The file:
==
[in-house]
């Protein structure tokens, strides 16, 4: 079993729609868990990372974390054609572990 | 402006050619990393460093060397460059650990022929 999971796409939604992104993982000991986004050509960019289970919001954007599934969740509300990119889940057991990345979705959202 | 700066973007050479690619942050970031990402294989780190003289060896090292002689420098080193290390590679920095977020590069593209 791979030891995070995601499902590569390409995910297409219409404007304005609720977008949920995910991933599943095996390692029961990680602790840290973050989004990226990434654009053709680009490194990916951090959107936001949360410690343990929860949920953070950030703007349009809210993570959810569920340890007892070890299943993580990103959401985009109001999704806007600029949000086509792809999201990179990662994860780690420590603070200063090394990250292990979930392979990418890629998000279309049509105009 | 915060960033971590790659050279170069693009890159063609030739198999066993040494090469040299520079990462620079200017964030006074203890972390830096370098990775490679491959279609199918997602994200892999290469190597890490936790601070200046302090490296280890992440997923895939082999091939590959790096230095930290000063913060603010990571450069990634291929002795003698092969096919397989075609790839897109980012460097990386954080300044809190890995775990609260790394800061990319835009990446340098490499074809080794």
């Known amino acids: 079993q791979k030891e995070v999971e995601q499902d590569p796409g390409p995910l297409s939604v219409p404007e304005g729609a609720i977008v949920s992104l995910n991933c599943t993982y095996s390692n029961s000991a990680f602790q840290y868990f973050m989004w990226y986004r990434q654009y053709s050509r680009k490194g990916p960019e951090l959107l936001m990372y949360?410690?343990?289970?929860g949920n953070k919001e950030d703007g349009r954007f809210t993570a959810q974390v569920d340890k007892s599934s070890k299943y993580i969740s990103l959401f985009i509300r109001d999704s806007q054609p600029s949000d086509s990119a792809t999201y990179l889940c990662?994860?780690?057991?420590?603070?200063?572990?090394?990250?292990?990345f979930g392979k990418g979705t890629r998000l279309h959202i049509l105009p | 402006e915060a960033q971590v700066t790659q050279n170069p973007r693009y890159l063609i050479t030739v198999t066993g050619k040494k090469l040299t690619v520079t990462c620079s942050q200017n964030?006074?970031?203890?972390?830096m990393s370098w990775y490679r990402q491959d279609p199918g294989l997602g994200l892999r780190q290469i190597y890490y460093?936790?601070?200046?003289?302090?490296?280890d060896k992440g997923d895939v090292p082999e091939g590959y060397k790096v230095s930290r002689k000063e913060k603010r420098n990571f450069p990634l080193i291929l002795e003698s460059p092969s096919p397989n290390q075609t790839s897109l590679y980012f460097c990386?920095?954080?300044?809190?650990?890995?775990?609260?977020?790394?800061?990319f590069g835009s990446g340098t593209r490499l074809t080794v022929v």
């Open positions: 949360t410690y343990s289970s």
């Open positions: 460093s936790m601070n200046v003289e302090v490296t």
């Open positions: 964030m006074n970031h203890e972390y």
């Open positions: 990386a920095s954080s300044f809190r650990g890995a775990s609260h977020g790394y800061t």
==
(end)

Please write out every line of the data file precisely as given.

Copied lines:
[in-house]
């Protein structure tokens, strides 16, 4: 079993729609868990990372974390054609572990 | 402006050619990393460093060397460059650990022929 999971796409939604992104993982000991986004050509960019289970919001954007599934969740509300990119889940057991990345979705959202 | 700066973007050479690619942050970031990402294989780190003289060896090292002689420098080193290390590679920095977020590069593209 791979030891995070995601499902590569390409995910297409219409404007304005609720977008949920995910991933599943095996390692029961990680602790840290973050989004990226990434654009053709680009490194990916951090959107936001949360410690343990929860949920953070950030703007349009809210993570959810569920340890007892070890299943993580990103959401985009109001999704806007600029949000086509792809999201990179990662994860780690420590603070200063090394990250292990979930392979990418890629998000279309049509105009 | 915060960033971590790659050279170069693009890159063609030739198999066993040494090469040299520079990462620079200017964030006074203890972390830096370098990775490679491959279609199918997602994200892999290469190597890490936790601070200046302090490296280890992440997923895939082999091939590959790096230095930290000063913060603010990571450069990634291929002795003698092969096919397989075609790839897109980012460097990386954080300044809190890995775990609260790394800061990319835009990446340098490499074809080794």
């Known amino acids: 079993q791979k030891e995070v999971e995601q499902d590569p796409g390409p995910l297409s939604v219409p404007e304005g729609a609720i977008v949920s992104l995910n991933c599943t993982y095996s390692n029961s000991a990680f602790q840290y868990f973050m989004w990226y986004r990434q654009y053709s050509r680009k490194g990916p960019e951090l959107l936001m990372y949360?410690?343990?289970?929860g949920n953070k919001e950030d703007g349009r954007f809210t993570a959810q974390v569920d340890k007892s599934s070890k299943y993580i969740s990103l959401f985009i509300r109001d999704s806007q054609p600029s949000d086509s990119a792809t999201y990179l889940c990662?994860?780690?057991?420590?603070?200063?572990?090394?990250?292990?990345f979930g392979k990418g979705t890629r998000l279309h959202i049509l105009p | 402006e915060a960033q971590v700066t790659q050279n170069p973007r693009y890159l063609i050479t030739v198999t066993g050619k040494k090469l040299t690619v520079t990462c620079s942050q200017n964030?006074?970031?203890?972390?830096m990393s370098w990775y490679r990402q491959d279609p199918g294989l997602g994200l892999r780190q290469i190597y890490y460093?936790?601070?200046?003289?302090?490296?280890d060896k992440g997923d895939v090292p082999e091939g590959y060397k790096v230095s930290r002689k000063e913060k603010r420098n990571f450069p990634l080193i291929l002795e003698s460059p092969s096919p397989n290390q075609t790839s897109l590679y980012f460097c990386?920095?954080?300044?809190?650990?890995?775990?609260?977020?790394?800061?990319f590069g835009s990446g340098t593209r490499l074809t080794v022929v």
């Open positions: 949360t410690y343990s289970s």
């Open positions: 460093s936790m601070n200046v003289e302090v490296t």
């Open positions: 964030m006074n970031h203890e972390y």
């Open positions: 990386a920095s954080s300044f809190r650990g890995a775990s609260h977020g790394y800061t």